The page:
"Ira Einhorn, Puharich's close associate in the 1970s, told us recently that, although Puharich had worked for the CIA during the 1950s, he was no longer doing so twenty years later. However, evidence points very much in the other direction. Puharich's relationship with intelligence agencies almost certainly did not end in the 1950s. Uri Geller told us at a meeting in his home near Reading in England in 1998 that: 'The CIA brought Puharich in to come and get me out of Israel.' Jack Sarfatti goes further, claiming: 'Puharich was Geller's case officer in America with money provided by Sir John Whitmore.' And according to James Hurtak, via his Academy For Future Sciences, Puharich 'worked with the US intelligence community.' By implication this was during the early 1970s when he, Hurtak, was also working with him.
"We know Puharich was working with the CIA on experiments with various techniques for inducing altered states of consciousness, which is another way of saying he worked on the potential of mind control. We also know, at least up to a point, that Geller worked for them -they wanted to know how he could use his mind to influence inanimate objects and see distant locations -in other words, to test his remote-viewing abilities. Were the Nine somehow part of a CIA mind-control experiment?"
(The Stargate Conspiracy, Picknett and Prince, pgs. 206-207)

Further, Puharich was deeply involved in hypnosis.
"...his [Puharich] personal training in hypnosis to the level of master hypnotist, at which stage are revealed such mysteries as the 'instant command technique' so often used, and arguably abused, by stage hypnotists...
"Writer Stuart Holroyd later (rather worryingly) described hypnosis as 'a routine procedure in Puharich's investigation of pyschics', which raises some ethical questions about his methods. The altered state of consciousness known as hypnosis is by no means fully understood, but it is well known that entranced subjects are notoriously eager to please their hypnotists by creating fantasies that comply with his or her own predilections or agendas. Hypnotist and subject can soon become partners in a strange and wild dance in which sometimes one person leads and sometimes the other, although it is usually the hypnotist who calls the tune."
(ibid, pgs. 169-170)

Hypnosis can have far more sinister implications than Picknett and Prince address. Two prior blogs I wrote on hypnosis address some of these implications here and here. In the case of the Nine, many of Puharich's 'findings' occurred while the subject was under hypnosis. Continuing with Picknett and Prince:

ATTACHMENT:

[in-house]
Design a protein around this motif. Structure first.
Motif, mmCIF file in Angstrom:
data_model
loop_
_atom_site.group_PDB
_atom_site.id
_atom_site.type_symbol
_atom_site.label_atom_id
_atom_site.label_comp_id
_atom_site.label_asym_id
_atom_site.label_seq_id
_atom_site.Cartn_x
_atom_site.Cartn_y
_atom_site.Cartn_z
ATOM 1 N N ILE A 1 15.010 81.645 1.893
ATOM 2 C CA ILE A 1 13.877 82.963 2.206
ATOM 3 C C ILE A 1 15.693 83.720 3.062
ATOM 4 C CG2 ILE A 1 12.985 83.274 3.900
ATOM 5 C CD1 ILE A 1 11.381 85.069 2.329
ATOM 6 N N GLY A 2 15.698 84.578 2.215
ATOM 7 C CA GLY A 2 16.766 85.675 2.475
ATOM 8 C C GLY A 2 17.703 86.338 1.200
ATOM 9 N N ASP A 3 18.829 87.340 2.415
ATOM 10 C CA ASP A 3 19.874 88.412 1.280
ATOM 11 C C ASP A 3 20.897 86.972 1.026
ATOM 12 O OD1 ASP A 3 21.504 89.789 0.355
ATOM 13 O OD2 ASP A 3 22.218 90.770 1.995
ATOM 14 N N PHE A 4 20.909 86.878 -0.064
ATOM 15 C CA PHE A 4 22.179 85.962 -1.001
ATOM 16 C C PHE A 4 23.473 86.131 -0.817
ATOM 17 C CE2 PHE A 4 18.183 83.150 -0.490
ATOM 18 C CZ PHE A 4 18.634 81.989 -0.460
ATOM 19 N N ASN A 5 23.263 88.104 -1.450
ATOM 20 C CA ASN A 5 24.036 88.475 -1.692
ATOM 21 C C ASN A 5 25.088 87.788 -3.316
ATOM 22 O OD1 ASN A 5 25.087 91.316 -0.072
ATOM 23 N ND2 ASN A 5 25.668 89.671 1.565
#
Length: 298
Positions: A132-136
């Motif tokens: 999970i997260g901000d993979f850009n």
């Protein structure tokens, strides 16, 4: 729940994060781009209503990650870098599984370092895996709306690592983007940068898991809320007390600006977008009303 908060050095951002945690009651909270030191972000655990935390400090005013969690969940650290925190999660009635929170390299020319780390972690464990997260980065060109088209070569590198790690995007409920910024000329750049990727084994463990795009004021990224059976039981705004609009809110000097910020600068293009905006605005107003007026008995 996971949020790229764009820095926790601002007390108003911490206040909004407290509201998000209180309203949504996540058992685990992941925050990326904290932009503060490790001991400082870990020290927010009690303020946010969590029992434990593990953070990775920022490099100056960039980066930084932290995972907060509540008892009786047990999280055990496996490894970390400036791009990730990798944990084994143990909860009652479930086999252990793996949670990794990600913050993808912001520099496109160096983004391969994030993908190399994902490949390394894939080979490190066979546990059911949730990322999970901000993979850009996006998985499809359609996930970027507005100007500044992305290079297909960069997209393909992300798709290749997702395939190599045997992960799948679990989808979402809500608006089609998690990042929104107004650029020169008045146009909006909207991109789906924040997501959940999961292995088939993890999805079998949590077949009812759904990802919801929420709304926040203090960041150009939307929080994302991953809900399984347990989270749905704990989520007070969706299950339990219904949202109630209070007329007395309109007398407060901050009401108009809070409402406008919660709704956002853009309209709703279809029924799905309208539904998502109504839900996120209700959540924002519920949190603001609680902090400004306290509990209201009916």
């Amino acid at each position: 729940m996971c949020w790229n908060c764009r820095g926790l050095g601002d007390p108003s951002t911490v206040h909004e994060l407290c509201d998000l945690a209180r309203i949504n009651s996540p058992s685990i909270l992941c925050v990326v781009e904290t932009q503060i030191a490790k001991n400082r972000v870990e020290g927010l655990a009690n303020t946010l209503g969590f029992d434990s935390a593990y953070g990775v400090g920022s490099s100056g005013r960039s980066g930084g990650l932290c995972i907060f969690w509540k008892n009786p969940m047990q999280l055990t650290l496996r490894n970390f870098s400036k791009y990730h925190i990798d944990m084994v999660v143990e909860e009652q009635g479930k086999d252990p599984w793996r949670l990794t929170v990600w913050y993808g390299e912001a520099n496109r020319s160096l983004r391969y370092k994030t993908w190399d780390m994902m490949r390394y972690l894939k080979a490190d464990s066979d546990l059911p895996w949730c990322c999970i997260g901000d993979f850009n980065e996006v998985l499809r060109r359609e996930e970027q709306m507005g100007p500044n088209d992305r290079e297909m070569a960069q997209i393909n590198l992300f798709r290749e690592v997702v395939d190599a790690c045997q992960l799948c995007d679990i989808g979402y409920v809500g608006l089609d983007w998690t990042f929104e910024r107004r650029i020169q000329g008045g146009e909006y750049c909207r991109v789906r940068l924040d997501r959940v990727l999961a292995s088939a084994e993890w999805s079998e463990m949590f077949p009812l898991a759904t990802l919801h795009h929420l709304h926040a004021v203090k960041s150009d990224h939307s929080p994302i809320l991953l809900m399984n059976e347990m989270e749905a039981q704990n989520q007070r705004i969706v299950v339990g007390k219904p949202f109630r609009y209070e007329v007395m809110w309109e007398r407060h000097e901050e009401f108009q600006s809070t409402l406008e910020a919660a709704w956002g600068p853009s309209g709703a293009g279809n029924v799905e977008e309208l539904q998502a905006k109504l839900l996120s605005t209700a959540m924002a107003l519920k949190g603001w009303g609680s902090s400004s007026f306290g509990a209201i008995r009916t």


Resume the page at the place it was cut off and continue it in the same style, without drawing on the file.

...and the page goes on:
"From the accounts of contact with the Nine, it is obvious that Puharich steered his 'contactees' very much in the direction that he wanted them to go. When he first hypnotized Uri Geller, who then began to speak of extraterrestrials, it was Puharich who asked whether or not they were the 'Nine Principles' spoken of by Dr Vinod twenty years before. Perhaps not surprisingly, the answer was yes...
"...Similarly, when Puharich put Bobby Horne into a hypnotic trance and he began to speak the words of an extraterrestrial intelligence called Corean, Puharich suggested to him that it was really the Nine, and the 'entity' immediately agreed. In fact, one of Puharich's close colleagues during this time, Ira Einhorn... confirmed Puharich's determination to turn all psychic communication into contact with the Nine, and that he was 'humanly directing' the pattern of the channelling."
(ibid, pg. 216)
Puharich even went so far as to experiment on children in a hypnotic state in an attempt to induce extraterrestrial contact.
"Consider, for example, Puharich's Geller Kids or Space Kids, whom he tested and trained during the 1970s. There were twenty of them, the youngest nine and the oldest in their late teens, culled from seven different countries and taken to what became jokingly known as Puharich's 'Turkey Farm' at Ossining in order to develop their psychic potential. As we have seen, Puharich trained them in remote viewing, but target locations he set them were significant: they were military or intelligence interest and included the Pentagon, the Kremlin and even the White House. It seems clear that there was an official element to these experiments, as they were being carried out at exactly the same time (1975-8) that defense and intelligence agencies were studying remote viewing in adults. We can speculate that the Ossining establishment was chosen for the children's project because it was a conveniently 'civilian' location: questions would certainly have been asked if youngsters had been experimented on inside military facilities.